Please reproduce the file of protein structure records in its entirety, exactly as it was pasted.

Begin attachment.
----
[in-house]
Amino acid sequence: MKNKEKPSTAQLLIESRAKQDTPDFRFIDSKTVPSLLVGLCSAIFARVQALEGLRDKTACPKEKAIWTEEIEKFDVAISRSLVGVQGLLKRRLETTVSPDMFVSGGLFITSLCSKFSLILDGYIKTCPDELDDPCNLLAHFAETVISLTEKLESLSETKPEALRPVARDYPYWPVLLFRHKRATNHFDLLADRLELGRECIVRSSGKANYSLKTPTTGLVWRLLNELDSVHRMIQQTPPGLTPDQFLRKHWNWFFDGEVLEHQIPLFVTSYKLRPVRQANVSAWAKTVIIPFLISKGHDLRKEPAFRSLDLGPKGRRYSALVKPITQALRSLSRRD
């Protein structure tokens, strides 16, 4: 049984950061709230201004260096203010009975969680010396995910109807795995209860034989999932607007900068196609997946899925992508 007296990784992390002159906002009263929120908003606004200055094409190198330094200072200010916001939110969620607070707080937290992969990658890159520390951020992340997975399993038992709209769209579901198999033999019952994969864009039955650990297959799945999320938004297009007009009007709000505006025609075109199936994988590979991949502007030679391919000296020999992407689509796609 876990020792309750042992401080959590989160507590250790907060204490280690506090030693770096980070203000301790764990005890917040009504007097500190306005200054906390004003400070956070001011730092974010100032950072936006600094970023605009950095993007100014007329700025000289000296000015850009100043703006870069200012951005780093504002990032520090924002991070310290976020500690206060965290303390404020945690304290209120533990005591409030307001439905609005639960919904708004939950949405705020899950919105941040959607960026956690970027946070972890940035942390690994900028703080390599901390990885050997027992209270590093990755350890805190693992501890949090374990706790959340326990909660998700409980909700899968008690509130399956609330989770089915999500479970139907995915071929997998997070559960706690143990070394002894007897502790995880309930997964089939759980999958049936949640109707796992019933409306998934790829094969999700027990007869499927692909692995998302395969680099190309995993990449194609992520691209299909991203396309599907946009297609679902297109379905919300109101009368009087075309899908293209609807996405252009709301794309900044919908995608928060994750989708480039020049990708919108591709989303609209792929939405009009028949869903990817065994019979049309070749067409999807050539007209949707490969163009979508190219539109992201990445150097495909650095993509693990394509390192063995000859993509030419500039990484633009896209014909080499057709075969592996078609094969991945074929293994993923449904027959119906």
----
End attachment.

[in-house]
Amino acid sequence: MKNKEKPSTAQLLIESRAKQDTPDFRFIDSKTVPSLLVGLCSAIFARVQALEGLRDKTACPKEKAIWTEEIEKFDVAISRSLVGVQGLLKRRLETTVSPDMFVSGGLFITSLCSKFSLILDGYIKTCPDELDDPCNLLAHFAETVISLTEKLESLSETKPEALRPVARDYPYWPVLLFRHKRATNHFDLLADRLELGRECIVRSSGKANYSLKTPTTGLVWRLLNELDSVHRMIQQTPPGLTPDQFLRKHWNWFFDGEVLEHQIPLFVTSYKLRPVRQANVSAWAKTVIIPFLISKGHDLRKEPAFRSLDLGPKGRRYSALVKPITQALRSLSRRD
């Protein structure tokens, strides 16, 4: 049984950061709230201004260096203010009975969680010396995910109807795995209860034989999932607007900068196609997946899925992508 007296990784992390002159906002009263929120908003606004200055094409190198330094200072200010916001939110969620607070707080937290992969990658890159520390951020992340997975399993038992709209769209579901198999033999019952994969864009039955650990297959799945999320938004297009007009009007709000505006025609075109199936994988590979991949502007030679391919000296020999992407689509796609 876990020792309750042992401080959590989160507590250790907060204490280690506090030693770096980070203000301790764990005890917040009504007097500190306005200054906390004003400070956070001011730092974010100032950072936006600094970023605009950095993007100014007329700025000289000296000015850009100043703006870069200012951005780093504002990032520090924002991070310290976020500690206060965290303390404020945690304290209120533990005591409030307001439905609005639960919904708004939950949405705020899950919105941040959607960026956690970027946070972890940035942390690994900028703080390599901390990885050997027992209270590093990755350890805190693992501890949090374990706790959340326990909660998700409980909700899968008690509130399956609330989770089915999500479970139907995915071929997998997070559960706690143990070394002894007897502790995880309930997964089939759980999958049936949640109707796992019933409306998934790829094969999700027990007869499927692909692995998302395969680099190309995993990449194609992520691209299909991203396309599907946009297609679902297109379905919300109101009368009087075309899908293209609807996405252009709301794309900044919908995608928060994750989708480039020049990708919108591709989303609209792929939405009009028949869903990817065994019979049309070749067409999807050539007209949707490969163009979508190219539109992201990445150097495909650095993509693990394509390192063995000859993509030419500039990484633009896209014909080499057709075969592996078609094969991945074929293994993923449904027959119906």